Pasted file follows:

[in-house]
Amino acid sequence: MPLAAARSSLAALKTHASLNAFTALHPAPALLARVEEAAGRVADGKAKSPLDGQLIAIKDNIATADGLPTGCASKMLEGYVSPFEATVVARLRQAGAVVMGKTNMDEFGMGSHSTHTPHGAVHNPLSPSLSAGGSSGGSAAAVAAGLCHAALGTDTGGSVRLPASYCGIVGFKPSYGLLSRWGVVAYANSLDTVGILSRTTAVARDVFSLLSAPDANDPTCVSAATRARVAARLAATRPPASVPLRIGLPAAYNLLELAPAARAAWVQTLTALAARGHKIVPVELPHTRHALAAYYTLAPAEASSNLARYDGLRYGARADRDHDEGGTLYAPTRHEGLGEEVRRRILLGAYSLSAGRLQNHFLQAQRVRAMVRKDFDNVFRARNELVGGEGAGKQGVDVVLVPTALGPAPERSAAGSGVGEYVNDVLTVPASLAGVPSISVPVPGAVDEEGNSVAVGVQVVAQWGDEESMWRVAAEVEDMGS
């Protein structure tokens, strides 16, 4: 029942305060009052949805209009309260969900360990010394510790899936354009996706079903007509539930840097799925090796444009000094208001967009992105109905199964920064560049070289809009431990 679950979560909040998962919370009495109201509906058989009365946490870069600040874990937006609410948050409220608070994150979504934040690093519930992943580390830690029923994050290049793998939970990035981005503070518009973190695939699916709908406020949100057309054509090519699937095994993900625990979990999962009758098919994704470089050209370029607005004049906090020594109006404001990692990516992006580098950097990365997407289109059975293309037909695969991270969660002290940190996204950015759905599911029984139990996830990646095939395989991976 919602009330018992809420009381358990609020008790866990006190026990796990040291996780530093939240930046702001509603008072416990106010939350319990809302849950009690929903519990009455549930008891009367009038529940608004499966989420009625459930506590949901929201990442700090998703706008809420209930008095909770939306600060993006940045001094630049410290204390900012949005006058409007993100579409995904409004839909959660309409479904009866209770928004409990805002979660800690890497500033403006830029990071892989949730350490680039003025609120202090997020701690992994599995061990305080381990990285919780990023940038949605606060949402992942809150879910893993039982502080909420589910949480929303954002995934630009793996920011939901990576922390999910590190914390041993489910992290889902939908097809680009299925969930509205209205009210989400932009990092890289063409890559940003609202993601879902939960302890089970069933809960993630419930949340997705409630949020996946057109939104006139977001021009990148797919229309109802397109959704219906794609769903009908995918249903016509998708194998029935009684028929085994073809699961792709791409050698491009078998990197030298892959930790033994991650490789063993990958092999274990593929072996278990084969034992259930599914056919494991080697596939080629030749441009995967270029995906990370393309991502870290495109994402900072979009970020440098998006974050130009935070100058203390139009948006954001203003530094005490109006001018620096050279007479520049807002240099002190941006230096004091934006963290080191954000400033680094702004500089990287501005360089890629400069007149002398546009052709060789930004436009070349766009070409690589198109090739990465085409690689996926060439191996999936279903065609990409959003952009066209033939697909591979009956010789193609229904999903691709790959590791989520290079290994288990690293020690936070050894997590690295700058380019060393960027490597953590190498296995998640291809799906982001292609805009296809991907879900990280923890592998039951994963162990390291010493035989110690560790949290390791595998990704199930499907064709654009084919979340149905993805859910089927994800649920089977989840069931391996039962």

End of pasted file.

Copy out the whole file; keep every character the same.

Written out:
[in-house]
Amino acid sequence: MPLAAARSSLAALKTHASLNAFTALHPAPALLARVEEAAGRVADGKAKSPLDGQLIAIKDNIATADGLPTGCASKMLEGYVSPFEATVVARLRQAGAVVMGKTNMDEFGMGSHSTHTPHGAVHNPLSPSLSAGGSSGGSAAAVAAGLCHAALGTDTGGSVRLPASYCGIVGFKPSYGLLSRWGVVAYANSLDTVGILSRTTAVARDVFSLLSAPDANDPTCVSAATRARVAARLAATRPPASVPLRIGLPAAYNLLELAPAARAAWVQTLTALAARGHKIVPVELPHTRHALAAYYTLAPAEASSNLARYDGLRYGARADRDHDEGGTLYAPTRHEGLGEEVRRRILLGAYSLSAGRLQNHFLQAQRVRAMVRKDFDNVFRARNELVGGEGAGKQGVDVVLVPTALGPAPERSAAGSGVGEYVNDVLTVPASLAGVPSISVPVPGAVDEEGNSVAVGVQVVAQWGDEESMWRVAAEVEDMGS
């Protein structure tokens, strides 16, 4: 029942305060009052949805209009309260969900360990010394510790899936354009996706079903007509539930840097799925090796444009000094208001967009992105109905199964920064560049070289809009431990 679950979560909040998962919370009495109201509906058989009365946490870069600040874990937006609410948050409220608070994150979504934040690093519930992943580390830690029923994050290049793998939970990035981005503070518009973190695939699916709908406020949100057309054509090519699937095994993900625990979990999962009758098919994704470089050209370029607005004049906090020594109006404001990692990516992006580098950097990365997407289109059975293309037909695969991270969660002290940190996204950015759905599911029984139990996830990646095939395989991976 919602009330018992809420009381358990609020008790866990006190026990796990040291996780530093939240930046702001509603008072416990106010939350319990809302849950009690929903519990009455549930008891009367009038529940608004499966989420009625459930506590949901929201990442700090998703706008809420209930008095909770939306600060993006940045001094630049410290204390900012949005006058409007993100579409995904409004839909959660309409479904009866209770928004409990805002979660800690890497500033403006830029990071892989949730350490680039003025609120202090997020701690992994599995061990305080381990990285919780990023940038949605606060949402992942809150879910893993039982502080909420589910949480929303954002995934630009793996920011939901990576922390999910590190914390041993489910992290889902939908097809680009299925969930509205209205009210989400932009990092890289063409890559940003609202993601879902939960302890089970069933809960993630419930949340997705409630949020996946057109939104006139977001021009990148797919229309109802397109959704219906794609769903009908995918249903016509998708194998029935009684028929085994073809699961792709791409050698491009078998990197030298892959930790033994991650490789063993990958092999274990593929072996278990084969034992259930599914056919494991080697596939080629030749441009995967270029995906990370393309991502870290495109994402900072979009970020440098998006974050130009935070100058203390139009948006954001203003530094005490109006001018620096050279007479520049807002240099002190941006230096004091934006963290080191954000400033680094702004500089990287501005360089890629400069007149002398546009052709060789930004436009070349766009070409690589198109090739990465085409690689996926060439191996999936279903065609990409959003952009066209033939697909591979009956010789193609229904999903691709790959590791989520290079290994288990690293020690936070050894997590690295700058380019060393960027490597953590190498296995998640291809799906982001292609805009296809991907879900990280923890592998039951994963162990390291010493035989110690560790949290390791595998990704199930499907064709654009084919979340149905993805859910089927994800649920089977989840069931391996039962």